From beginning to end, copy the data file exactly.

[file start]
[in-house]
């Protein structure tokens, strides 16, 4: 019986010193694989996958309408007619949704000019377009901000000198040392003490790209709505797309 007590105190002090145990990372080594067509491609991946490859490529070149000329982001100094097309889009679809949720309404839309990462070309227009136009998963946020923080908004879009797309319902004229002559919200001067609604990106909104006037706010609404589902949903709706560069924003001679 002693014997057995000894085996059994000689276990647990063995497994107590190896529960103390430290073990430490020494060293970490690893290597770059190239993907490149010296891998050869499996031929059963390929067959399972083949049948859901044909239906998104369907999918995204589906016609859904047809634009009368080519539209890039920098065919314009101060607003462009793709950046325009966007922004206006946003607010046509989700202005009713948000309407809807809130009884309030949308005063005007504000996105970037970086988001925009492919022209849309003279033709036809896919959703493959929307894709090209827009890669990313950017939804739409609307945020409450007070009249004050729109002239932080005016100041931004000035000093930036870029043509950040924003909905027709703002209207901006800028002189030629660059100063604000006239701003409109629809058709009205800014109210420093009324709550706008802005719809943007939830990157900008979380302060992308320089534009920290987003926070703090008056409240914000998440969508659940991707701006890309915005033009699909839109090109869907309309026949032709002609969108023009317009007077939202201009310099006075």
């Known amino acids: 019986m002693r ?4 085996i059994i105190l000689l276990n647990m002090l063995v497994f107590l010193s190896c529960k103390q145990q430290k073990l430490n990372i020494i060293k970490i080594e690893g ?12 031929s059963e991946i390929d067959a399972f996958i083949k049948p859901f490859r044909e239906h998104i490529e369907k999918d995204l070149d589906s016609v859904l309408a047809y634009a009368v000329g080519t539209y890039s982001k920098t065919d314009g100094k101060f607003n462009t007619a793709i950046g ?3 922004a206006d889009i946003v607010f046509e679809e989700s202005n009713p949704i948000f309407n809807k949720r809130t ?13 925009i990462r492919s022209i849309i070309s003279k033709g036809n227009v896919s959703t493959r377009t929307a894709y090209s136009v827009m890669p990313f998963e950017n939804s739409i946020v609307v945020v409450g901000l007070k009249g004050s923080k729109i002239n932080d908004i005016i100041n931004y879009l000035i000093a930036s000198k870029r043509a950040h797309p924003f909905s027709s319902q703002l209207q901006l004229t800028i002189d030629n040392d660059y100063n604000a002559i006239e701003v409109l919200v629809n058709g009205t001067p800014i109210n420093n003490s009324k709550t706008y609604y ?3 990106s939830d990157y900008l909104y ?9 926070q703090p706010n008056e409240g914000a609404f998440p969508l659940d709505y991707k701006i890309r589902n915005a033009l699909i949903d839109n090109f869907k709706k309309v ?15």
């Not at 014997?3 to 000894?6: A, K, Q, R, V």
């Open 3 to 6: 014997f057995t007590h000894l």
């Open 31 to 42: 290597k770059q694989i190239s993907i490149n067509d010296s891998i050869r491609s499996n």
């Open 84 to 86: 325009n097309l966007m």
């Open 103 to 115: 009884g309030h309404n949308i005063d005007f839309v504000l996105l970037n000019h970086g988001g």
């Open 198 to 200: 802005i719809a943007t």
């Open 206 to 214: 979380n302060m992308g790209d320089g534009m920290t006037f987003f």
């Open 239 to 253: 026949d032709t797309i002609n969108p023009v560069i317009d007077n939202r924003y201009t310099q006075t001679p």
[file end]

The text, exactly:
[in-house]
């Protein structure tokens, strides 16, 4: 019986010193694989996958309408007619949704000019377009901000000198040392003490790209709505797309 007590105190002090145990990372080594067509491609991946490859490529070149000329982001100094097309889009679809949720309404839309990462070309227009136009998963946020923080908004879009797309319902004229002559919200001067609604990106909104006037706010609404589902949903709706560069924003001679 002693014997057995000894085996059994000689276990647990063995497994107590190896529960103390430290073990430490020494060293970490690893290597770059190239993907490149010296891998050869499996031929059963390929067959399972083949049948859901044909239906998104369907999918995204589906016609859904047809634009009368080519539209890039920098065919314009101060607003462009793709950046325009966007922004206006946003607010046509989700202005009713948000309407809807809130009884309030949308005063005007504000996105970037970086988001925009492919022209849309003279033709036809896919959703493959929307894709090209827009890669990313950017939804739409609307945020409450007070009249004050729109002239932080005016100041931004000035000093930036870029043509950040924003909905027709703002209207901006800028002189030629660059100063604000006239701003409109629809058709009205800014109210420093009324709550706008802005719809943007939830990157900008979380302060992308320089534009920290987003926070703090008056409240914000998440969508659940991707701006890309915005033009699909839109090109869907309309026949032709002609969108023009317009007077939202201009310099006075």
């Known amino acids: 019986m002693r ?4 085996i059994i105190l000689l276990n647990m002090l063995v497994f107590l010193s190896c529960k103390q145990q430290k073990l430490n990372i020494i060293k970490i080594e690893g ?12 031929s059963e991946i390929d067959a399972f996958i083949k049948p859901f490859r044909e239906h998104i490529e369907k999918d995204l070149d589906s016609v859904l309408a047809y634009a009368v000329g080519t539209y890039s982001k920098t065919d314009g100094k101060f607003n462009t007619a793709i950046g ?3 922004a206006d889009i946003v607010f046509e679809e989700s202005n009713p949704i948000f309407n809807k949720r809130t ?13 925009i990462r492919s022209i849309i070309s003279k033709g036809n227009v896919s959703t493959r377009t929307a894709y090209s136009v827009m890669p990313f998963e950017n939804s739409i946020v609307v945020v409450g901000l007070k009249g004050s923080k729109i002239n932080d908004i005016i100041n931004y879009l000035i000093a930036s000198k870029r043509a950040h797309p924003f909905s027709s319902q703002l209207q901006l004229t800028i002189d030629n040392d660059y100063n604000a002559i006239e701003v409109l919200v629809n058709g009205t001067p800014i109210n420093n003490s009324k709550t706008y609604y ?3 990106s939830d990157y900008l909104y ?9 926070q703090p706010n008056e409240g914000a609404f998440p969508l659940d709505y991707k701006i890309r589902n915005a033009l699909i949903d839109n090109f869907k709706k309309v ?15």
């Not at 014997?3 to 000894?6: A, K, Q, R, V």
């Open 3 to 6: 014997f057995t007590h000894l």
């Open 31 to 42: 290597k770059q694989i190239s993907i490149n067509d010296s891998i050869r491609s499996n």
């Open 84 to 86: 325009n097309l966007m």
């Open 103 to 115: 009884g309030h309404n949308i005063d005007f839309v504000l996105l970037n000019h970086g988001g």
């Open 198 to 200: 802005i719809a943007t």
């Open 206 to 214: 979380n302060m992308g790209d320089g534009m920290t006037f987003f």
């Open 239 to 253: 026949d032709t797309i002609n969108p023009v560069i317009d007077n939202r924003y201009t310099q006075t001679p």